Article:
John Stewardson died in an ice skating accident in 1896, one year before the Blair and Little were completed, and though his younger brother Emlyn then became a partner in the firm, Cope and Stewardson received no further commissions from Princeton University. Even so, their impact on the subsequent development of campus, and their popularization of the Collegiate Gothic style beyond Princeton, was tremendous. If the American public imagines collegiate architecture as castles and ivy-covered ramparts, it is in large part due to their work.
A Grotesque Legacy
For anyone who visits campus now, one of the easily overlooked charms of Princeton’s Gothic architecture is its wide assortment of gargoyles — those stony men and beasts that peer down, year after year, upon blithely ignorant Princetonians. Some of the gargoyles are meant to blend seamlessly into their apparently centuries-old environment, as is the case with the carving of La Gargouille, a legendary French dragon from the 7th century, who terrorized the people of Rouen, and who — on Princeton’s campus — remains in shackles on the northwest doorway of the chapel. Often, though, the stone carvers and architects didn’t opt for pure historicism with Princeton’s gargoyles, preferring to indulge in minor anachronisms here and there. Above the archway through 1897 Hall, which abuts Prospect Avenue, a monkey sits with a camera — an uncomplaining and eternal security guard for the eastern side of campus, perhaps. On McCosh Hall, a football player sprints toward an end zone that’s always just beyond him. Dinosaurs adorn Guyot Hall, home to the Department of Geosciences. Sometimes we just need to look up.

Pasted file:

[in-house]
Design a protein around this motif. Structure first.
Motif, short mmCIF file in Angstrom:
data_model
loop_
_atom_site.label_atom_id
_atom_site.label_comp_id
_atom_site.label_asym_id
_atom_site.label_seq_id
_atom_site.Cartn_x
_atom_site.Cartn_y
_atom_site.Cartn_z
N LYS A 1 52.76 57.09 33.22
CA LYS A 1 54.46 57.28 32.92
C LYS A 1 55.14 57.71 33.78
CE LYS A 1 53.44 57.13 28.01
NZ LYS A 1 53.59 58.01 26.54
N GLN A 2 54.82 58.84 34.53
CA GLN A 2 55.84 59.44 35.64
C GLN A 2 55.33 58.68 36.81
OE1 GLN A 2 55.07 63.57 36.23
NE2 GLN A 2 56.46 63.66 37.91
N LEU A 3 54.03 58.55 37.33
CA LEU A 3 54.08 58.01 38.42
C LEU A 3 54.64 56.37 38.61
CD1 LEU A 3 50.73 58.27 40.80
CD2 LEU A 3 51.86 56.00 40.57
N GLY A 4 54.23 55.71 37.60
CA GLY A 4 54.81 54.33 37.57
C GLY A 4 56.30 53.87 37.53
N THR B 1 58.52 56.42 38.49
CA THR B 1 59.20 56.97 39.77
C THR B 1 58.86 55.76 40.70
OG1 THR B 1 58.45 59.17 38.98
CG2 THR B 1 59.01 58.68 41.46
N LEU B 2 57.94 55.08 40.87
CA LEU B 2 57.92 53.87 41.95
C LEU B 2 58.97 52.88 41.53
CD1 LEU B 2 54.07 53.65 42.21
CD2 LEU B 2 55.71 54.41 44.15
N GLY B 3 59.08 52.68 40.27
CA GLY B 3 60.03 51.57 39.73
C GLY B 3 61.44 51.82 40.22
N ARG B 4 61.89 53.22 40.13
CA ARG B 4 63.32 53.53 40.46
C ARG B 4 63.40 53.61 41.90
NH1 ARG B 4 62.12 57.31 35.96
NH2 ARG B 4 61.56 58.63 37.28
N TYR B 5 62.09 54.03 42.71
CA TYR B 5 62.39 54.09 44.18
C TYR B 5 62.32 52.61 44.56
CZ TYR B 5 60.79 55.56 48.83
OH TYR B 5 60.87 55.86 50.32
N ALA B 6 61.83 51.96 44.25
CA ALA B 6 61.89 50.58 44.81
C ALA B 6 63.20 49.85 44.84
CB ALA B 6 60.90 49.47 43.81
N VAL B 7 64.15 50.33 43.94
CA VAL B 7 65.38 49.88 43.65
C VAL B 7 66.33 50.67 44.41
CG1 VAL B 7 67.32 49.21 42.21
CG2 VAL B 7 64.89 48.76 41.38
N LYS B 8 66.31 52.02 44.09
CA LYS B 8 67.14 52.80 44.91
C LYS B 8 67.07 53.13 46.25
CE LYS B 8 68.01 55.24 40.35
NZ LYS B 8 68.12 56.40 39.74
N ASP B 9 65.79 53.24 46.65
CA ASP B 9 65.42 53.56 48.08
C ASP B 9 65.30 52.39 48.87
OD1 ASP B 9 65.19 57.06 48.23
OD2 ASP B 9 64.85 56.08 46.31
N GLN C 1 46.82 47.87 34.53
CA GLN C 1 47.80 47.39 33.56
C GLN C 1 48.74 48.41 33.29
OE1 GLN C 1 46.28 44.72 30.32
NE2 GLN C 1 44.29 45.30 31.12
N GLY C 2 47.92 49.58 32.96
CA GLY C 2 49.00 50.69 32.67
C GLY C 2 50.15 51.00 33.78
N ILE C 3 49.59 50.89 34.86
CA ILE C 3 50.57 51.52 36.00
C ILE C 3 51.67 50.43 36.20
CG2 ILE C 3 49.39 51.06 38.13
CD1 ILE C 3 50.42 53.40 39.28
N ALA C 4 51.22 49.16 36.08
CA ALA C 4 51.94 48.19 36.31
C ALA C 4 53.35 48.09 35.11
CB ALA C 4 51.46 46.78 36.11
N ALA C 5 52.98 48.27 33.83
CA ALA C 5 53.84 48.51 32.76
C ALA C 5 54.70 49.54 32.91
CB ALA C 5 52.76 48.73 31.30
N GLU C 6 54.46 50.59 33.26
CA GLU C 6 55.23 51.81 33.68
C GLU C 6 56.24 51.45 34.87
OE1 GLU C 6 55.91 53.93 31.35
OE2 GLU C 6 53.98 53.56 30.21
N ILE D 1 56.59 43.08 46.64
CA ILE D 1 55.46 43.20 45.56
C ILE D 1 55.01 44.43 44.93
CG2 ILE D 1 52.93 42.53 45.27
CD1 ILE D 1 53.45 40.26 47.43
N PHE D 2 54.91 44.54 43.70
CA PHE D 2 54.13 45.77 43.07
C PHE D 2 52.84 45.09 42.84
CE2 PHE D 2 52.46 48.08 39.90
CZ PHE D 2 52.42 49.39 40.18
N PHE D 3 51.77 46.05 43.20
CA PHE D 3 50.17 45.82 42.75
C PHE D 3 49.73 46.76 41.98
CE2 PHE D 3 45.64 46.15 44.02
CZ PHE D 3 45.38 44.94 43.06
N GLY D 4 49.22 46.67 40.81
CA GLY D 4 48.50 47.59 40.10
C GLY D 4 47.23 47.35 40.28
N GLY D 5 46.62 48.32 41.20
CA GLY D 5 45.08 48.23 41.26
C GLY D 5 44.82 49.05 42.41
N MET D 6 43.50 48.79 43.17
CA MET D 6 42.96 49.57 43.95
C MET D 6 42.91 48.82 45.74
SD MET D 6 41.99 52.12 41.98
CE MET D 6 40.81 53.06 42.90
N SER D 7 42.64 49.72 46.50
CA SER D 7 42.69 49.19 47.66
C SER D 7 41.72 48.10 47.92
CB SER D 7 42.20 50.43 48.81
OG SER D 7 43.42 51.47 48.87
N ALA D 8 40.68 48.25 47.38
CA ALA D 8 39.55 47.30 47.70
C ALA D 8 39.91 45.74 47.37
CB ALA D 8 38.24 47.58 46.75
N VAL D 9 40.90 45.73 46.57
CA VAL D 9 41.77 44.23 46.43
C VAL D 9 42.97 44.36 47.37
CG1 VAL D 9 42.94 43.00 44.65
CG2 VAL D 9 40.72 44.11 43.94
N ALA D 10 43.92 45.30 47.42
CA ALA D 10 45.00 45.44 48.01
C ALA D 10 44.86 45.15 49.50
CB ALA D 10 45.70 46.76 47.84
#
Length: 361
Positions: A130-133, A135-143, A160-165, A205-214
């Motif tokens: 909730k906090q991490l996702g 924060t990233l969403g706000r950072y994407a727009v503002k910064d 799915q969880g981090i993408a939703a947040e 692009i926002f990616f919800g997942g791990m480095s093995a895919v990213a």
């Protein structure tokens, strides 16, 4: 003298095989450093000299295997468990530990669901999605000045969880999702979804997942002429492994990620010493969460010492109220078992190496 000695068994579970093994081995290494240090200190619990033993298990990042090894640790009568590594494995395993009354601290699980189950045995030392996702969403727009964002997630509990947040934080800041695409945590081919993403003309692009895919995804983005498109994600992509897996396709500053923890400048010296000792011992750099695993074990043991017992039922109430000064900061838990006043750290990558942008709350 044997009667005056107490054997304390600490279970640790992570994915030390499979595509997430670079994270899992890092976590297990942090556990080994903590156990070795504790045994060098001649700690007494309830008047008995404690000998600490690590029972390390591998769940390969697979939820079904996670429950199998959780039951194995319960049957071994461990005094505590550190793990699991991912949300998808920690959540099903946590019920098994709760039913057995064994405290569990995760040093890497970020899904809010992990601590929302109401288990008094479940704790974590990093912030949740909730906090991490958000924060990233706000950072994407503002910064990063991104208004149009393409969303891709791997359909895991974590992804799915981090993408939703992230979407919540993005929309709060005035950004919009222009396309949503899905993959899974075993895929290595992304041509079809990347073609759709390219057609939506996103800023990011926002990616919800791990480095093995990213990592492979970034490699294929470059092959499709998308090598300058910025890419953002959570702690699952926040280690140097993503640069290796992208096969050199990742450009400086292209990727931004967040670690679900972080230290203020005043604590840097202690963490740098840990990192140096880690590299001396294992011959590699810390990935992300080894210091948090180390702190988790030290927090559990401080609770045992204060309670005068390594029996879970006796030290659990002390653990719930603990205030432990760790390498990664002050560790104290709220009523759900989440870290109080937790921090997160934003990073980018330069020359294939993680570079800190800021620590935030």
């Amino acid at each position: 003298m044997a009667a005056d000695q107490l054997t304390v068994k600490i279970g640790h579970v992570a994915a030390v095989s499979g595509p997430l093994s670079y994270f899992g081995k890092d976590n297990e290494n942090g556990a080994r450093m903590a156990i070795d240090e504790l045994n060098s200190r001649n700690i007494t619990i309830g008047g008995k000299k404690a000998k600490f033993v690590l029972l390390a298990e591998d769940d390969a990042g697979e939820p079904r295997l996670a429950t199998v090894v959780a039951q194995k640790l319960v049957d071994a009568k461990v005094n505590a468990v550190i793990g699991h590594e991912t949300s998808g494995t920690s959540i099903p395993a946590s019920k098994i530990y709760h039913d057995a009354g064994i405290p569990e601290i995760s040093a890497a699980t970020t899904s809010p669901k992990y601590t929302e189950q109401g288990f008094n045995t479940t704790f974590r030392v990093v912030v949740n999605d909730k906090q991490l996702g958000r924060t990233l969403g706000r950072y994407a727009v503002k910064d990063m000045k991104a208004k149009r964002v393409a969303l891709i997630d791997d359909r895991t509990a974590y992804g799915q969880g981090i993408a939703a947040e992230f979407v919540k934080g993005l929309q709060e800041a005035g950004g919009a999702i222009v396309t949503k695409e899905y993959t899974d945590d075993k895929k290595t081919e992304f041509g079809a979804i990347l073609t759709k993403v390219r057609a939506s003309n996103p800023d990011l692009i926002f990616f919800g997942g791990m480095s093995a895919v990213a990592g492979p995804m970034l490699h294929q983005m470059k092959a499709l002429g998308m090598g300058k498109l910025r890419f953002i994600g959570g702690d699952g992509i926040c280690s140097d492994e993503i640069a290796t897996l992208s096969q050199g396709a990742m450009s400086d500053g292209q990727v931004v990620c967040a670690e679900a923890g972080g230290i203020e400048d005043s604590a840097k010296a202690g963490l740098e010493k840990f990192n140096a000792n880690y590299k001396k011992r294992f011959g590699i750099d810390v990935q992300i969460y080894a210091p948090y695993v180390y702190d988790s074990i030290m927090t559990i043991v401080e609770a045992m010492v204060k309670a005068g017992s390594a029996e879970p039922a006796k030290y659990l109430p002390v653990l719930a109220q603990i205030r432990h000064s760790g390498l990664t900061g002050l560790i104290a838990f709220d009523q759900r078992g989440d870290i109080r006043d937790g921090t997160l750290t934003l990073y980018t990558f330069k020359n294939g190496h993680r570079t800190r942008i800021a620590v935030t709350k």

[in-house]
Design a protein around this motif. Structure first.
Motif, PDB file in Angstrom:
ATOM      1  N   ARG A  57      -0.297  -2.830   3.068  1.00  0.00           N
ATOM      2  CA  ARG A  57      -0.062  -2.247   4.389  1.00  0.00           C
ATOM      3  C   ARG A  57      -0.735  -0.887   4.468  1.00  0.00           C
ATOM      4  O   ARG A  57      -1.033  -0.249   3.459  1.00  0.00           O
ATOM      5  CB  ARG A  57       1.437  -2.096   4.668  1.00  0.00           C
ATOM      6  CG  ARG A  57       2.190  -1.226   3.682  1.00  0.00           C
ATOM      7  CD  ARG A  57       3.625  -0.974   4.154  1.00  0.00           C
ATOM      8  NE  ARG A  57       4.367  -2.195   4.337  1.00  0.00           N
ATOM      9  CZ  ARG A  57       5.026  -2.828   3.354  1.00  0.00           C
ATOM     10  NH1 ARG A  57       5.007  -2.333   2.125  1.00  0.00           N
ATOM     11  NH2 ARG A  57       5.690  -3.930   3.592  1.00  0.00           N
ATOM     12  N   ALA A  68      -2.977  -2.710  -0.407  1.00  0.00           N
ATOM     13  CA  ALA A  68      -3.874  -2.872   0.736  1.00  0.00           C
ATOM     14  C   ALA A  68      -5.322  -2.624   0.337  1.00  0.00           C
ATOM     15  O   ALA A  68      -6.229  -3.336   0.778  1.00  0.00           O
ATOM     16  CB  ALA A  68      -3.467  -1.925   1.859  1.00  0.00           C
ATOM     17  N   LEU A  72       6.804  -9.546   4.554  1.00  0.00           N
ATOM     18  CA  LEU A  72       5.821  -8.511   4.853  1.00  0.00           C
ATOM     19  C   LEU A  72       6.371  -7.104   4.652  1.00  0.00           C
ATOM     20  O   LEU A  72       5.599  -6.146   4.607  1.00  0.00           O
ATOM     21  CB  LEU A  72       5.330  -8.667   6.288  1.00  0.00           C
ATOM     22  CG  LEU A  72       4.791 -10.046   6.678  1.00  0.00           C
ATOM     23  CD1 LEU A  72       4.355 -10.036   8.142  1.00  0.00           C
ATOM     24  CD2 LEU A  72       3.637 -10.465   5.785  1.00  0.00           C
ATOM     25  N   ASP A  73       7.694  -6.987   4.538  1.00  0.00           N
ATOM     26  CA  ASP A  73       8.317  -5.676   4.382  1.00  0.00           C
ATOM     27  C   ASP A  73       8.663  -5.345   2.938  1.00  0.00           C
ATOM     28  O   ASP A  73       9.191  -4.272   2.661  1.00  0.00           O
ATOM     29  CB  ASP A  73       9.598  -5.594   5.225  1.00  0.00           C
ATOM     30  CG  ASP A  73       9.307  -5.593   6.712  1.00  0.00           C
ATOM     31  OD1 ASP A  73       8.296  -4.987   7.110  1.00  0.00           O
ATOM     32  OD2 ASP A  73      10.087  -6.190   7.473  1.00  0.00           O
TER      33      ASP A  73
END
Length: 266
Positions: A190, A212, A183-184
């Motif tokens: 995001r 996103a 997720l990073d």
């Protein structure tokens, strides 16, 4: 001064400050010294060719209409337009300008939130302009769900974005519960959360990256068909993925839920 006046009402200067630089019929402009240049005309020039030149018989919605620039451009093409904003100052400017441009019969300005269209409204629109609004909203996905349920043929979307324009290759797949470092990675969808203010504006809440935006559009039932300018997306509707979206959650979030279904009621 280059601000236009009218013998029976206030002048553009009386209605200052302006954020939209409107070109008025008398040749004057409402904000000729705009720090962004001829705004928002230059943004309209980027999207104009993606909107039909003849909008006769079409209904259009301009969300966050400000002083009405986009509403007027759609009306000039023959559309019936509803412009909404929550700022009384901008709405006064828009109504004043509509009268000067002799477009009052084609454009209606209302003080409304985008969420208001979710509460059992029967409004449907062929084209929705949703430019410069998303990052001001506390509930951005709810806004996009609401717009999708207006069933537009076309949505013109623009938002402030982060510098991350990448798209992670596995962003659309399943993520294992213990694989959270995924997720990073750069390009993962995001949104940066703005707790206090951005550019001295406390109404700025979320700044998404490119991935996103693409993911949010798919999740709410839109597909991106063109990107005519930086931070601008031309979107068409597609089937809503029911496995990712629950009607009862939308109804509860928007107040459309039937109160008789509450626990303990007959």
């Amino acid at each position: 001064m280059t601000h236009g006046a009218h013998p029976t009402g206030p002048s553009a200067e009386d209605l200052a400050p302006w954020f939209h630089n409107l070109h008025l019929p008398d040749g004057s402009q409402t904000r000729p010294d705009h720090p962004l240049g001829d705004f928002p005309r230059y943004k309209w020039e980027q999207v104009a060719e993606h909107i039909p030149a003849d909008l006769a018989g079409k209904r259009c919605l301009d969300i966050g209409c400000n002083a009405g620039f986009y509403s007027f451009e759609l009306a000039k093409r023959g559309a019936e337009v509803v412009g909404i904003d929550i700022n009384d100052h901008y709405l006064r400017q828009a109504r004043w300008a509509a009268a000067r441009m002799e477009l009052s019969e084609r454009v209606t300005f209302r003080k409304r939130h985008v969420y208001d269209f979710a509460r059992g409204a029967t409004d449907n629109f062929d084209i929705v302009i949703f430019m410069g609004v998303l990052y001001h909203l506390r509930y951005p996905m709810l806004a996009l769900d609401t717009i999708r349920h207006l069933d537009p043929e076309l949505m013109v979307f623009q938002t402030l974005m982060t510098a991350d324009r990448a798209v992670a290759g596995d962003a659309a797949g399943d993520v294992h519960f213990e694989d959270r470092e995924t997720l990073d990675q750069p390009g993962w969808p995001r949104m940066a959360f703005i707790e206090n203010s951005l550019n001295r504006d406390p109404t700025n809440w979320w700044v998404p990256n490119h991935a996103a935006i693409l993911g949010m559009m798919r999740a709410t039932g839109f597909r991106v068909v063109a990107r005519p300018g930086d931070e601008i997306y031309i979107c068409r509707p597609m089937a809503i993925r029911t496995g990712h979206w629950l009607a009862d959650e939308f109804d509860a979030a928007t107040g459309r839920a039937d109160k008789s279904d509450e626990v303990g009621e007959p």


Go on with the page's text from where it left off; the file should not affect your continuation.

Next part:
Castles No More?
By the middle of the 20th century, the American fascination with Collegiate Gothic began to wane, particularly as the sleek modernism and glassy cantilevered creations of the International Style grew in popularity. By the late 1950s, Princeton’s peer institutions had buildings commissioned by the boldest and most important architects of the time: Louis Kahn designed Yale’s renowned modernist art gallery, completed in 1953; and Harvard’s Harkness Commons was completed in 1948 by Walter Gropius, the founder of the Bauhaus School. That same year, Princeton completed its Firestone Library—another Gothic behemoth.